Lisa Hardesty, Ph.D.
Behavioral Health, Psychiatry & Psychology
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Sometimes we push our waistbands to the limit – especially during holidays or other special events. But when you lose control of your eating habits on a regular basis and find yourself ashamed and embarrassed, there may be a serious underlying condition. According to the National Association of Anorexia Nervosa and Associated Disorders, binge-eating disorder occurs in 3 to 5 percent of women and 2 percent of men in the United States. This means it has become more common than anorexia nervosa and bulimia nervosa.
Understanding binge-eating disorder and finding ways to cope with it can make a difference in your life or the life of a loved one.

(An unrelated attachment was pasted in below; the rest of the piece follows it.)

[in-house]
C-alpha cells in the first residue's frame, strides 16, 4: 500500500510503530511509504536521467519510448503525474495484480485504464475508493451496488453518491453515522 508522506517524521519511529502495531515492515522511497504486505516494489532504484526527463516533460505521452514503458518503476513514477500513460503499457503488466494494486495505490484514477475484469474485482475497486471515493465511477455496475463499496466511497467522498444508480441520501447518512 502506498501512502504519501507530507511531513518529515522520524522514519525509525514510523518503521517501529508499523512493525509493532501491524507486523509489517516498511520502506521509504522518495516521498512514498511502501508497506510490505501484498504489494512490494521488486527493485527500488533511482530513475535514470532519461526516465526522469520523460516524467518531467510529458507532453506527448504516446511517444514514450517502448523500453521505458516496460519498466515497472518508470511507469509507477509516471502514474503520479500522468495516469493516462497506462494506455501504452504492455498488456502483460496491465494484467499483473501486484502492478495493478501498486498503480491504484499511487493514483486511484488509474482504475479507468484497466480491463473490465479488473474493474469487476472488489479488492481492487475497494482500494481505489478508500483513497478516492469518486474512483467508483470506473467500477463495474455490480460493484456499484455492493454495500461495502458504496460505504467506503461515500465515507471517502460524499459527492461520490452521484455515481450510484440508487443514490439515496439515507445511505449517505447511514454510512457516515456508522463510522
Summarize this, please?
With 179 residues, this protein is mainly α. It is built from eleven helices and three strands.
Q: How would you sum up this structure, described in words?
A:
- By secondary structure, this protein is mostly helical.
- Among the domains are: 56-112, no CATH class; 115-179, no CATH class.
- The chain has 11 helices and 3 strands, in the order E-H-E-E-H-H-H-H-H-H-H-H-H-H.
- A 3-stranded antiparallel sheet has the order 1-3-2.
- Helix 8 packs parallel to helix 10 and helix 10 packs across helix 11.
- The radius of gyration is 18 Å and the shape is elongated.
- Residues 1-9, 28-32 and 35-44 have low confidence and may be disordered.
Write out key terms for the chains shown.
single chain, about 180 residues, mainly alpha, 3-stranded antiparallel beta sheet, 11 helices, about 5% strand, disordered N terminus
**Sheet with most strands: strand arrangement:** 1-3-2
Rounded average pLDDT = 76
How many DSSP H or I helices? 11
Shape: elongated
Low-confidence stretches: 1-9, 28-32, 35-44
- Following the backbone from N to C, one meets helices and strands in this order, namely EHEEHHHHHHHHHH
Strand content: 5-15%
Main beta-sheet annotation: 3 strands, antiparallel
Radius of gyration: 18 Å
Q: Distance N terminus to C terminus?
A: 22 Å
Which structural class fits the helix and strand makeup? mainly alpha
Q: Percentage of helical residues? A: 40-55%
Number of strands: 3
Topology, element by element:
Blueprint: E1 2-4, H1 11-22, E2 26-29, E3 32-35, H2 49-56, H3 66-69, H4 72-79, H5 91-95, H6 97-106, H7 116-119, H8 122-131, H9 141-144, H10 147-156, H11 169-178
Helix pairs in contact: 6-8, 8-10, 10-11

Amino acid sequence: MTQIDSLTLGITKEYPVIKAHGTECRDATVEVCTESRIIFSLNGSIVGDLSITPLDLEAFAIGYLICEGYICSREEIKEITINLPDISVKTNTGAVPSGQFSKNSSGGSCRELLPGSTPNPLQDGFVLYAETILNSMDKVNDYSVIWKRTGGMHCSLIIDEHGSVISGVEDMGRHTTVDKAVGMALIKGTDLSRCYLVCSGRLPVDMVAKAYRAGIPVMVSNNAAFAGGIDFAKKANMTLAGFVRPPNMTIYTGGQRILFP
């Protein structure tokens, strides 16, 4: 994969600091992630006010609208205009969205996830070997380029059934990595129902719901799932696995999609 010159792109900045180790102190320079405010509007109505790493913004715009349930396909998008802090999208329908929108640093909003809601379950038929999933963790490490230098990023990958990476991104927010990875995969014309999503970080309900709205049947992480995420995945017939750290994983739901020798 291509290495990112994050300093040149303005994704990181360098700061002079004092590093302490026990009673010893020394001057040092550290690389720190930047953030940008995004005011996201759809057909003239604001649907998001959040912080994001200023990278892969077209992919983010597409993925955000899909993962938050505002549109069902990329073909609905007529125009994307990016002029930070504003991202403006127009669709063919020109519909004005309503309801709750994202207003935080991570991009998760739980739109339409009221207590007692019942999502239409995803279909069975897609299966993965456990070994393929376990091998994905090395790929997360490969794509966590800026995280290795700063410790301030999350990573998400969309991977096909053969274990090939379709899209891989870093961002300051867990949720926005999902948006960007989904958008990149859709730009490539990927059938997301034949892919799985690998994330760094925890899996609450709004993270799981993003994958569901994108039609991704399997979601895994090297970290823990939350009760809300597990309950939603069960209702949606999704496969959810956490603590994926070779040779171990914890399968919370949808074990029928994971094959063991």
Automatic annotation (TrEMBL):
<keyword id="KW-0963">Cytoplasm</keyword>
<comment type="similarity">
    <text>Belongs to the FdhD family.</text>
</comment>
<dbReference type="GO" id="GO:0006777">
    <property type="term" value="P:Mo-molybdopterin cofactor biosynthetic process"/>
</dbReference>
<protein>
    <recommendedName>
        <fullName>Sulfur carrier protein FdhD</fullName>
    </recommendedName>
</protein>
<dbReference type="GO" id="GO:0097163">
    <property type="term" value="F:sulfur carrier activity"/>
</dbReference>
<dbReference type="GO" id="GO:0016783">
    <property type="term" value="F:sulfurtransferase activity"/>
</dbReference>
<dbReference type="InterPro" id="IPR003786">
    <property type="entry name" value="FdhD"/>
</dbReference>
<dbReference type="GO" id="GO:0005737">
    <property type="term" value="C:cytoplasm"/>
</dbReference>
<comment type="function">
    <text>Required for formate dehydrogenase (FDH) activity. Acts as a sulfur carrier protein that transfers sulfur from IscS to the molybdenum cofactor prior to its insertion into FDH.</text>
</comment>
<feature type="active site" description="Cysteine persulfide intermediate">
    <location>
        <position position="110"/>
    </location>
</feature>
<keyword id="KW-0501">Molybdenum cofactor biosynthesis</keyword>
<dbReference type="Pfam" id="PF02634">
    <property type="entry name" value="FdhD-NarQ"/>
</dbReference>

Q. What is binge-eating disorder?
A. Binge-eating disorder is a severe eating disorder in which you frequently consume large amounts of food. This usually occurs in secret and results in great personal shame. This condition usually becomes a compulsive act that turns into an uncontrollable habit.
Many people with binge-eating disorder are overweight and unhappy with their body image.
Q. What are some symptoms of binge-eating disorder?
A. Again, everyone overeats occasionally, but when your cravings and compulsions become insatiable, binge-eating disorder could be the cause.
Some symptoms to watch for include:
- Eating excessive amounts of food
- Eating when you feel full or don’t have an appetite
- Eating at a rapid pace during a binge episode
- Eating alone on a regular basis
- Experiencing disgust, depression, guilt or shame about your eating habits
- Feeling like your eating habits are uncontrollable